The buck stops ear: Researchers hone-in on ear infection endemic
It’s the national health tragedy that’s falling on deaf ears: Aboriginal and Torres Strait Islander children have the highest rates of ‘otitis media’ – or middle ear infection – in the world.
Professor Jennifer Reath from Western Sydney University’s School of Medicine says the statistics on otitis media particularly in remote areas of Australia are not acceptable.
“90% of Aboriginal children who live in remote areas have some form of otitis media.”
“This level of infection is a significant health concern. In the long-term, it can result in hearing loss. Hearing loss can lead to delayed language development and speech, which can in turn lead to learning difficulties and behavioural problems and eventually to unemployment and poverty,” says Professor Reath.
Professor Reath says ear disease is also an issue for Aboriginal children in urban communities – yet little research has been undertaken in this area, and treatment guidelines are informed by studies of non-Indigenous children.
To address this major social and health concern, Western Sydney University researchers Professor Reath, Dr Penelope Abbott, Professor Wendy Hu and Associate Professor Federico Girosi are teaming up with Aboriginal Health Services and other researchers on two important studies.
The first study, ‘Watchful waiting for Aboriginal and Torres Strait Islander Children with acute otitis media’ – or the WATCH Trial – is investigating the most effective management of ear infections in urban Aboriginal children.
The National Health and Medical Research Council (NHMRC) funded WATCH Trial is currently underway within five urban Aboriginal and Torres Strait Islander Health Services – with Research Officers on each site working to identify children with ear infections.
Professor Reath, the lead researcher on the WATCH Trial, says the study will compare the costs and benefits of monitoring children who present with acute otitis media, with the alternate method of immediately treating ear infections with antibiotics.
“The ‘watchful waiting’ approach is typically used for non-Aboriginal children and is now recommended for urban Aboriginal children at low risk of complications. The antibiotic treatment option is recommended for Aboriginal children living in remote areas,” says Professor Reath.
“Preventing complications including perforation of the ear drum is always a key goal of treatment. However antibiotic resistance is growing in Aboriginal communities, so it’s important to determine if the method of immediately treating with antibiotics is the most effective approach.”
The second study, ‘A multi-centre randomised controlled trial to compare nasal balloon auto-inflation versus no nasal balloon auto-inflation for otitis media with effusion in Aboriginal and Torres Strait Islander children’ – or the INFLATE Trial.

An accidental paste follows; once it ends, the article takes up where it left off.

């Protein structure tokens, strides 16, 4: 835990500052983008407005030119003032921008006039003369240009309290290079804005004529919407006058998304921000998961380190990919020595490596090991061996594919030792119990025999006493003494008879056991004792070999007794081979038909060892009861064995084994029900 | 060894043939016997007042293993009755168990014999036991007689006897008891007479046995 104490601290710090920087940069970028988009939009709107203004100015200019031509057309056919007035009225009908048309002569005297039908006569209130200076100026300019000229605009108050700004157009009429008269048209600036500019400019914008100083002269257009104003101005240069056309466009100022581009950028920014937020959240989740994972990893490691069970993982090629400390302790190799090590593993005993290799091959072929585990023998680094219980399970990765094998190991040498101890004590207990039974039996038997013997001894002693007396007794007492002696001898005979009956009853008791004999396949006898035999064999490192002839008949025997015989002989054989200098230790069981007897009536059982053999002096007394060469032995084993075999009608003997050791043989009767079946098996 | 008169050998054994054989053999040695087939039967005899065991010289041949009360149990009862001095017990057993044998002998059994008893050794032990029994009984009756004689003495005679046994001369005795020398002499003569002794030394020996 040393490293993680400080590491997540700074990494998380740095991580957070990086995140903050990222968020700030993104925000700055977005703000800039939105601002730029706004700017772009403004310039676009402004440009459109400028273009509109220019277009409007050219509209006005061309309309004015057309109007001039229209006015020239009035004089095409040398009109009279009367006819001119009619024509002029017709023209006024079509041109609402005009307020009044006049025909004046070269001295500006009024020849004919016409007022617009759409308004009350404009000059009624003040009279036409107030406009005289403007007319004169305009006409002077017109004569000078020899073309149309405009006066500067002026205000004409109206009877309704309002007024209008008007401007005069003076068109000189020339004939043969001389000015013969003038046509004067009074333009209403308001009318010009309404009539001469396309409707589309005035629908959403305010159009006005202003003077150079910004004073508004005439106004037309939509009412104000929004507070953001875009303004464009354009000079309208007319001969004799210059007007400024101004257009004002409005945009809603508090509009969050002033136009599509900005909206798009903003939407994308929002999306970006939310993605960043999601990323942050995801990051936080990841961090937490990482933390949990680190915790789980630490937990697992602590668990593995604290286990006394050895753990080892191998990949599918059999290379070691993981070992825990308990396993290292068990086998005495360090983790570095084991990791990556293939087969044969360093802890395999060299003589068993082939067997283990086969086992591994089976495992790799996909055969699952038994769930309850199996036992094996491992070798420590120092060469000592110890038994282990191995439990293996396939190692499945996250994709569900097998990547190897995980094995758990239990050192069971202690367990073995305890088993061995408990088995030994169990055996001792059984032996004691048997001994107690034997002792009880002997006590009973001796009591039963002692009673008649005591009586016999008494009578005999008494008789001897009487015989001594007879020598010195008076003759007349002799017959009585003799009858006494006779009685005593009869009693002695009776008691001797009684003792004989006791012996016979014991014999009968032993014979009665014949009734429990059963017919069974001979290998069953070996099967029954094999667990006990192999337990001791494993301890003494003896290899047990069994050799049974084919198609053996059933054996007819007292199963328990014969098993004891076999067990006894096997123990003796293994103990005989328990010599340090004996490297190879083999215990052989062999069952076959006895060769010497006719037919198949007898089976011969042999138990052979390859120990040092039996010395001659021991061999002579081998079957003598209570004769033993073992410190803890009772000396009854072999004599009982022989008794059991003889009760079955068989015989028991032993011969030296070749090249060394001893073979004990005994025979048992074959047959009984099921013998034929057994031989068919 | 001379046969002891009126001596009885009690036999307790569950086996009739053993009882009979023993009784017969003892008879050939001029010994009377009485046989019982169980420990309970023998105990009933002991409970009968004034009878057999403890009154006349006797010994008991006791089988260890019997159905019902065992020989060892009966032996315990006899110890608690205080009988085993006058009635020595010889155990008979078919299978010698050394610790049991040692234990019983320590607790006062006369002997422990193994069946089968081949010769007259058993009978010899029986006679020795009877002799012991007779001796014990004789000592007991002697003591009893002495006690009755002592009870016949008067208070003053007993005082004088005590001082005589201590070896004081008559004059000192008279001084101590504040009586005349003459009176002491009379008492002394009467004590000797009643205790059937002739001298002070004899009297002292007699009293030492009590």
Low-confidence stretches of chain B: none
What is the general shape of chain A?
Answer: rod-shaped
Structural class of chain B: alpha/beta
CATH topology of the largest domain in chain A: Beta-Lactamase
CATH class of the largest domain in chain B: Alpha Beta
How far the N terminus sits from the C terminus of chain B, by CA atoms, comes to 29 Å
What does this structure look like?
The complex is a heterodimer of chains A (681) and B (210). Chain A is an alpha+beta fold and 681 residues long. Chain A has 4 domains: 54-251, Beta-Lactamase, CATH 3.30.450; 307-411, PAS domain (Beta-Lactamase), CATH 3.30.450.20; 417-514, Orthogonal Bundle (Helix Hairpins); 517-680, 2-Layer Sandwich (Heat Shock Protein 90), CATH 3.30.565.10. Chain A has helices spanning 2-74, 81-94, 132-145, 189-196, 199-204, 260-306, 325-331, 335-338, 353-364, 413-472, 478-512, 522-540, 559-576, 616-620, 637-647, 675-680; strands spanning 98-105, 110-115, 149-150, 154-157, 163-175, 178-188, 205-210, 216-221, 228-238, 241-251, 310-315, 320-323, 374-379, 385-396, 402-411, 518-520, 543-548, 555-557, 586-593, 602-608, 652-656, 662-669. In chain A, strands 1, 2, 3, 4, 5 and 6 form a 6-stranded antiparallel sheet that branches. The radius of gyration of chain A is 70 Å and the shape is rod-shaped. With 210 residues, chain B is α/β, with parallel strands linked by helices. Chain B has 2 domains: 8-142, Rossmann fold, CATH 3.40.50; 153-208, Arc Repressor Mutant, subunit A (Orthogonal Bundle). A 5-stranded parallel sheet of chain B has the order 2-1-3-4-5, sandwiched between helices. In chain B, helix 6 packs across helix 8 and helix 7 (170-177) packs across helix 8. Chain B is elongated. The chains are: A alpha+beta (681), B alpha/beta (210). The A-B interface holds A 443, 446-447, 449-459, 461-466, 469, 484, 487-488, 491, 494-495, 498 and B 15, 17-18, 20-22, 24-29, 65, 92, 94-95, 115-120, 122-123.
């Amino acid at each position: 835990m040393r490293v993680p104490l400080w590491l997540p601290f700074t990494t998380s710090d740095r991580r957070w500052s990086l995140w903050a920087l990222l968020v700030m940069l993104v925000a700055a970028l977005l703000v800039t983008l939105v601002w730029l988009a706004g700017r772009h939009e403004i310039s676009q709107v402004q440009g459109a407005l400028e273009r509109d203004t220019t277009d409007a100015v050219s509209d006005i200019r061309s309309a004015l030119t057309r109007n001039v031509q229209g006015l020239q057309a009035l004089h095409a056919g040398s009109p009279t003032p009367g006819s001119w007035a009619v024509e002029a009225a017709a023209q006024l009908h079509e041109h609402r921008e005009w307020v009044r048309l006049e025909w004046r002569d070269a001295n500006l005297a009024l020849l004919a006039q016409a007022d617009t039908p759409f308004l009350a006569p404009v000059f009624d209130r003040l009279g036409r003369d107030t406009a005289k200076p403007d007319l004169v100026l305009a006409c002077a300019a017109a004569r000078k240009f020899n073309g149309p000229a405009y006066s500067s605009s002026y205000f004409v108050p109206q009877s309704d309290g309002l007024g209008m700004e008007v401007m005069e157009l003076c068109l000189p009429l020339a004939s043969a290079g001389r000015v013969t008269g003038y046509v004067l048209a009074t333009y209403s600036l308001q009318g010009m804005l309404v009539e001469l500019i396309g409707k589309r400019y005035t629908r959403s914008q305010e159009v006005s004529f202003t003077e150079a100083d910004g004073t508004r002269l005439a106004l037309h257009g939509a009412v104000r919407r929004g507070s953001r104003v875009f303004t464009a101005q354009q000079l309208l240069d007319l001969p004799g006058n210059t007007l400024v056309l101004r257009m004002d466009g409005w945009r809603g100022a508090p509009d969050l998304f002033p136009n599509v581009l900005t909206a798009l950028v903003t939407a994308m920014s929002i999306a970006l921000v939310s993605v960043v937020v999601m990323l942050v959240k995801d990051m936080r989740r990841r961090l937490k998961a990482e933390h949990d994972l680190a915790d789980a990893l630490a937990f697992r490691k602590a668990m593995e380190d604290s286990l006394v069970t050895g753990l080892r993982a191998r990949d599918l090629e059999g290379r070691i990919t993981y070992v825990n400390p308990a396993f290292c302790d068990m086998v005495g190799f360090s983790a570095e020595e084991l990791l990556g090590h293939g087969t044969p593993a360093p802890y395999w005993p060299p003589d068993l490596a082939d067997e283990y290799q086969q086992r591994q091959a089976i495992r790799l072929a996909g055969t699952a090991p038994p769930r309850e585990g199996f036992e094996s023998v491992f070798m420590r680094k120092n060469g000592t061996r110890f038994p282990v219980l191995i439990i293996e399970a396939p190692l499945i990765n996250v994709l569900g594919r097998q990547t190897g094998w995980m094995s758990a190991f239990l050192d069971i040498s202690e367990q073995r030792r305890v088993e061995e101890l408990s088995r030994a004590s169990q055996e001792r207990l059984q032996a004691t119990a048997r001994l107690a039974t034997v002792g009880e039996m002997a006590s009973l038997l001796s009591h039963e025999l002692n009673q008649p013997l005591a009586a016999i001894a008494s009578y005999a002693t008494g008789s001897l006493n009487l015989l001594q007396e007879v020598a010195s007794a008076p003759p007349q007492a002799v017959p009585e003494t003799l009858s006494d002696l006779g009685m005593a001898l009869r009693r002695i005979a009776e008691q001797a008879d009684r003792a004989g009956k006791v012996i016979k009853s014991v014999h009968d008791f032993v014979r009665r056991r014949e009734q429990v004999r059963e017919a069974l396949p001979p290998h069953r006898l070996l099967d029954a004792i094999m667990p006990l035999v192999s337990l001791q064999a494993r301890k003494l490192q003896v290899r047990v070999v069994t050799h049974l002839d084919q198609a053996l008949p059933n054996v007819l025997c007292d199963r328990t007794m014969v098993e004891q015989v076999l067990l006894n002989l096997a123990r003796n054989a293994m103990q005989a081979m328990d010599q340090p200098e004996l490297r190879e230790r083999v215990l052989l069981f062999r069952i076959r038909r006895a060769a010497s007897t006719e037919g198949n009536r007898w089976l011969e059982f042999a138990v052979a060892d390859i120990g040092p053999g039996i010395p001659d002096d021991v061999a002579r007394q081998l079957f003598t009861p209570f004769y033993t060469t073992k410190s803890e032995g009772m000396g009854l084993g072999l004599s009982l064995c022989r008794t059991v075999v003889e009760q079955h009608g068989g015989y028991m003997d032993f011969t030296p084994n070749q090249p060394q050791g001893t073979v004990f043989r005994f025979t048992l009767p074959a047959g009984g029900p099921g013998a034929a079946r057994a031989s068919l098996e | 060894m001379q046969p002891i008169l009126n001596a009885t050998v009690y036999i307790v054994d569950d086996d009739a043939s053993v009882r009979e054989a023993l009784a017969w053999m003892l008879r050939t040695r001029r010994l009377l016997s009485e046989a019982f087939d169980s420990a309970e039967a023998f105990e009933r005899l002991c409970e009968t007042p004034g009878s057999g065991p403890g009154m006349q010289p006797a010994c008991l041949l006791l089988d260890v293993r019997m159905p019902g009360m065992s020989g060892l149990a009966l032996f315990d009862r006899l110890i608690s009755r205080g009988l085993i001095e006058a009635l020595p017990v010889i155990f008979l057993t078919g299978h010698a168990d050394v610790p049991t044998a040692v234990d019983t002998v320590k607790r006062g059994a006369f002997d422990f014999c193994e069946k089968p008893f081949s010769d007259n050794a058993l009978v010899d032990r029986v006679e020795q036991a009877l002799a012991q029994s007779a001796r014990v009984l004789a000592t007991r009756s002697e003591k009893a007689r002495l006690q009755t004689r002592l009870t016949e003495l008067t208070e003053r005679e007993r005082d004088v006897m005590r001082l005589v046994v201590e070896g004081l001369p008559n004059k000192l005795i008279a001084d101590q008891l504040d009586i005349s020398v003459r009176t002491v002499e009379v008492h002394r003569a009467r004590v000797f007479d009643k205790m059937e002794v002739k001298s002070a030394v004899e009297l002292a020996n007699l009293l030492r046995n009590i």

This research has also been awarded NHRMC funding and commenced in late 2017. In the first research of this approach to treatment in Australia, the existing WATCH Research Officers in each participating health centre will also add to their investigations an innovative alternative to treating glue ear.
Dr Penny Abbott, also from the Western Sydney University’s School of Medicine, is the lead researcher for the INFLATE Trial. She says the study will determine if the use of a simple device – in which a child blows up a balloon with their nostrils – helps resolve glue ear and improves hearing.
“Glue ear is difficult to treat and the commonest cause of ‘grommet’ surgery. In the meantime children are often not hearing well and miss out on important learning at school and in the home,” says Dr Abbott.
“If the use of nasal balloon auto-inflation is found to be an effective treatment method, the results of the study could alter the recommended treatment methods for glue ear across the nation.”
The research team comprises pre-eminent researchers from across Australia including Associate Professor Kelvin Kong, Australia’s first Aboriginal ENT surgeon. Professor Reath notes “This research would not be possible without the expert and enthusiastic contribution made by our Aboriginal Research Officers and the support of the Aboriginal Health Services who are partnering with us on this research.”
Professor Reath says Australia needs to listen up and recognise ‘otitis media’ as a national public health concern that requires urgent attention.
“With this set of studies, the research team at Western Sydney University and their Aboriginal Medical Service partners are leading the way in addressing one of our countries most pressing health concerns.”
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